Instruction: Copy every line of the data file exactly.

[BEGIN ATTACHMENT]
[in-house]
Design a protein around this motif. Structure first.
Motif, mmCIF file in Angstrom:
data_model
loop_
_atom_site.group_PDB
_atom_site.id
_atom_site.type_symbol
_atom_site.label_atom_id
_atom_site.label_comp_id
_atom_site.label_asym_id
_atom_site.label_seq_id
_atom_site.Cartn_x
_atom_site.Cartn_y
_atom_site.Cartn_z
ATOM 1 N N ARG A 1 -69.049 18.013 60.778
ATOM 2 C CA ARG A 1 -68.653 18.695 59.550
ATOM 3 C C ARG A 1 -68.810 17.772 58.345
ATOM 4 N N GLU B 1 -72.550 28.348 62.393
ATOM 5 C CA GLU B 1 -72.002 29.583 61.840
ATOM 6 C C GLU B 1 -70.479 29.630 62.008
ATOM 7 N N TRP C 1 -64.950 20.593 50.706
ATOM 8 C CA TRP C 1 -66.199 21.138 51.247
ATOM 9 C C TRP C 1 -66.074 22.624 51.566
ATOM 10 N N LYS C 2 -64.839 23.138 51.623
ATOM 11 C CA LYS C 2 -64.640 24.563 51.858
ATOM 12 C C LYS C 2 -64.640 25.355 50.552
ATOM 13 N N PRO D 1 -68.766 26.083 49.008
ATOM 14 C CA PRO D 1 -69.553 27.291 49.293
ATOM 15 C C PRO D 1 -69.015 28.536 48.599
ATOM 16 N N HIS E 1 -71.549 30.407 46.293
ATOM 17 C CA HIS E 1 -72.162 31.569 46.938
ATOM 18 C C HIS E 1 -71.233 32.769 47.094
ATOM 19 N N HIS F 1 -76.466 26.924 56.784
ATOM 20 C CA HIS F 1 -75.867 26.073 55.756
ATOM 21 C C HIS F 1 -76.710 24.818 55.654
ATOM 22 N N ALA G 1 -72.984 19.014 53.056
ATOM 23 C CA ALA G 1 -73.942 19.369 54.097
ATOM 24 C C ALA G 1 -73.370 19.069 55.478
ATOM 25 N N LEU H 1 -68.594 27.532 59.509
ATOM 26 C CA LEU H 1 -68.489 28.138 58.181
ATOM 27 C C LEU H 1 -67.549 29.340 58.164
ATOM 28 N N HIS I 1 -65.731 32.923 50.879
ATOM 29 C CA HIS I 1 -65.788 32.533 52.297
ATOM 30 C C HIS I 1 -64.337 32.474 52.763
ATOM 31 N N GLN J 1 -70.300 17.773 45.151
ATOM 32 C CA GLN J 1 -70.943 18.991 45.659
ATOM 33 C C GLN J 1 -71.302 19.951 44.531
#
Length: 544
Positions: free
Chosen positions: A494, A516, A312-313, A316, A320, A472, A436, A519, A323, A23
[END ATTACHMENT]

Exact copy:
[in-house]
Design a protein around this motif. Structure first.
Motif, mmCIF file in Angstrom:
data_model
loop_
_atom_site.group_PDB
_atom_site.id
_atom_site.type_symbol
_atom_site.label_atom_id
_atom_site.label_comp_id
_atom_site.label_asym_id
_atom_site.label_seq_id
_atom_site.Cartn_x
_atom_site.Cartn_y
_atom_site.Cartn_z
ATOM 1 N N ARG A 1 -69.049 18.013 60.778
ATOM 2 C CA ARG A 1 -68.653 18.695 59.550
ATOM 3 C C ARG A 1 -68.810 17.772 58.345
ATOM 4 N N GLU B 1 -72.550 28.348 62.393
ATOM 5 C CA GLU B 1 -72.002 29.583 61.840
ATOM 6 C C GLU B 1 -70.479 29.630 62.008
ATOM 7 N N TRP C 1 -64.950 20.593 50.706
ATOM 8 C CA TRP C 1 -66.199 21.138 51.247
ATOM 9 C C TRP C 1 -66.074 22.624 51.566
ATOM 10 N N LYS C 2 -64.839 23.138 51.623
ATOM 11 C CA LYS C 2 -64.640 24.563 51.858
ATOM 12 C C LYS C 2 -64.640 25.355 50.552
ATOM 13 N N PRO D 1 -68.766 26.083 49.008
ATOM 14 C CA PRO D 1 -69.553 27.291 49.293
ATOM 15 C C PRO D 1 -69.015 28.536 48.599
ATOM 16 N N HIS E 1 -71.549 30.407 46.293
ATOM 17 C CA HIS E 1 -72.162 31.569 46.938
ATOM 18 C C HIS E 1 -71.233 32.769 47.094
ATOM 19 N N HIS F 1 -76.466 26.924 56.784
ATOM 20 C CA HIS F 1 -75.867 26.073 55.756
ATOM 21 C C HIS F 1 -76.710 24.818 55.654
ATOM 22 N N ALA G 1 -72.984 19.014 53.056
ATOM 23 C CA ALA G 1 -73.942 19.369 54.097
ATOM 24 C C ALA G 1 -73.370 19.069 55.478
ATOM 25 N N LEU H 1 -68.594 27.532 59.509
ATOM 26 C CA LEU H 1 -68.489 28.138 58.181
ATOM 27 C C LEU H 1 -67.549 29.340 58.164
ATOM 28 N N HIS I 1 -65.731 32.923 50.879
ATOM 29 C CA HIS I 1 -65.788 32.533 52.297
ATOM 30 C C HIS I 1 -64.337 32.474 52.763
ATOM 31 N N GLN J 1 -70.300 17.773 45.151
ATOM 32 C CA GLN J 1 -70.943 18.991 45.659
ATOM 33 C C GLN J 1 -71.302 19.951 44.531
#
Length: 544
Positions: free
Chosen positions: A494, A516, A312-313, A316, A320, A472, A436, A519, A323, A23